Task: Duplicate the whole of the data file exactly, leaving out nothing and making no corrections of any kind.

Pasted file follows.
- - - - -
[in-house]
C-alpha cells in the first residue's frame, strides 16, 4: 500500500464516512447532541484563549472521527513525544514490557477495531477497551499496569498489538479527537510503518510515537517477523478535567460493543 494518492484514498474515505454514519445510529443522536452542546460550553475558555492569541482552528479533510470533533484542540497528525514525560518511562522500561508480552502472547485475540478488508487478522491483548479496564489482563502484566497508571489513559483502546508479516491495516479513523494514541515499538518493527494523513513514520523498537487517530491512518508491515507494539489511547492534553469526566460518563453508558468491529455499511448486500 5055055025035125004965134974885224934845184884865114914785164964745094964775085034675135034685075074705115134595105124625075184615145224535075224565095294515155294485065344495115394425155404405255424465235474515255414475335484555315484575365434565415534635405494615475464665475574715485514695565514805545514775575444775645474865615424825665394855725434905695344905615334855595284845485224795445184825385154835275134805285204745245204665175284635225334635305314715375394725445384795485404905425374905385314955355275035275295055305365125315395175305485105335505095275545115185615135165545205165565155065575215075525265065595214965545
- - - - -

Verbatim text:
[in-house]
C-alpha cells in the first residue's frame, strides 16, 4: 500500500464516512447532541484563549472521527513525544514490557477495531477497551499496569498489538479527537510503518510515537517477523478535567460493543 494518492484514498474515505454514519445510529443522536452542546460550553475558555492569541482552528479533510470533533484542540497528525514525560518511562522500561508480552502472547485475540478488508487478522491483548479496564489482563502484566497508571489513559483502546508479516491495516479513523494514541515499538518493527494523513513514520523498537487517530491512518508491515507494539489511547492534553469526566460518563453508558468491529455499511448486500 5055055025035125004965134974885224934845184884865114914785164964745094964775085034675135034685075074705115134595105124625075184615145224535075224565095294515155294485065344495115394425155404405255424465235474515255414475335484555315484575365434565415534635405494615475464665475574715485514695565514805545514775575444775645474865615424825665394855725434905695344905615334855595284845485224795445184825385154835275134805285204745245204665175284635225334635305314715375394725445384795485404905425374905385314955355275035275295055305365125315395175305485105335505095275545115185615135165545205165565155065575215075525265065595214965545